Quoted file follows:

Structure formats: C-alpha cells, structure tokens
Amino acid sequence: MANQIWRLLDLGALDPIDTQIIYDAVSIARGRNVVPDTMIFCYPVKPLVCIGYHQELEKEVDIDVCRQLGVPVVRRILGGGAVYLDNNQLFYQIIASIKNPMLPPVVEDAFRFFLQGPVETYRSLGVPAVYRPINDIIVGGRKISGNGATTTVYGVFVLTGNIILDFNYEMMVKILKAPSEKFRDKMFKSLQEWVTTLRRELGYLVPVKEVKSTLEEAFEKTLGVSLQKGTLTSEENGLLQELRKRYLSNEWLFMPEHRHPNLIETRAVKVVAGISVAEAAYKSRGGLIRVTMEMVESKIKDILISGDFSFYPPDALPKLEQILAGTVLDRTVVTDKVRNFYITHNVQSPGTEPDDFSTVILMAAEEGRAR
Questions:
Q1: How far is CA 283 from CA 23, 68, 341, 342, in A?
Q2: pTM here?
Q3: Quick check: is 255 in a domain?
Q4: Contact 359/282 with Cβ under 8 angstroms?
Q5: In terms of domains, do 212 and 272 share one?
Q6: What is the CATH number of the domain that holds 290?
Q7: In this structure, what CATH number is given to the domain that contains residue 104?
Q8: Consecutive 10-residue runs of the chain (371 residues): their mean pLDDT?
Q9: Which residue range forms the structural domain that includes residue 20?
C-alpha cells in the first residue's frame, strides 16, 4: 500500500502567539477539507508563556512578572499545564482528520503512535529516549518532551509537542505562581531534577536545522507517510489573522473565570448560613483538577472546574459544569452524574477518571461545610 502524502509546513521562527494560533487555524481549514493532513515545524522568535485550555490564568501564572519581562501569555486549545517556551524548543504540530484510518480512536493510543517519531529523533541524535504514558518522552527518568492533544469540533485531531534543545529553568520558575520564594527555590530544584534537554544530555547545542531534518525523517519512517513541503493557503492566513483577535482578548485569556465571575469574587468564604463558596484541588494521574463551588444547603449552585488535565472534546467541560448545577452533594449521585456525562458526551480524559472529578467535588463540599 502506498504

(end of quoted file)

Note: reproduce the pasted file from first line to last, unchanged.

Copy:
Structure formats: C-alpha cells, structure tokens
Amino acid sequence: MANQIWRLLDLGALDPIDTQIIYDAVSIARGRNVVPDTMIFCYPVKPLVCIGYHQELEKEVDIDVCRQLGVPVVRRILGGGAVYLDNNQLFYQIIASIKNPMLPPVVEDAFRFFLQGPVETYRSLGVPAVYRPINDIIVGGRKISGNGATTTVYGVFVLTGNIILDFNYEMMVKILKAPSEKFRDKMFKSLQEWVTTLRRELGYLVPVKEVKSTLEEAFEKTLGVSLQKGTLTSEENGLLQELRKRYLSNEWLFMPEHRHPNLIETRAVKVVAGISVAEAAYKSRGGLIRVTMEMVESKIKDILISGDFSFYPPDALPKLEQILAGTVLDRTVVTDKVRNFYITHNVQSPGTEPDDFSTVILMAAEEGRAR
Questions:
Q1: How far is CA 283 from CA 23, 68, 341, 342, in A?
Q2: pTM here?
Q3: Quick check: is 255 in a domain?
Q4: Contact 359/282 with Cβ under 8 angstroms?
Q5: In terms of domains, do 212 and 272 share one?
Q6: What is the CATH number of the domain that holds 290?
Q7: In this structure, what CATH number is given to the domain that contains residue 104?
Q8: Consecutive 10-residue runs of the chain (371 residues): their mean pLDDT?
Q9: Which residue range forms the structural domain that includes residue 20?
C-alpha cells in the first residue's frame, strides 16, 4: 500500500502567539477539507508563556512578572499545564482528520503512535529516549518532551509537542505562581531534577536545522507517510489573522473565570448560613483538577472546574459544569452524574477518571461545610 502524502509546513521562527494560533487555524481549514493532513515545524522568535485550555490564568501564572519581562501569555486549545517556551524548543504540530484510518480512536493510543517519531529523533541524535504514558518522552527518568492533544469540533485531531534543545529553568520558575520564594527555590530544584534537554544530555547545542531534518525523517519512517513541503493557503492566513483577535482578548485569556465571575469574587468564604463558596484541588494521574463551588444547603449552585488535565472534546467541560448545577452533594449521585456525562458526551480524559472529578467535588463540599 502506498504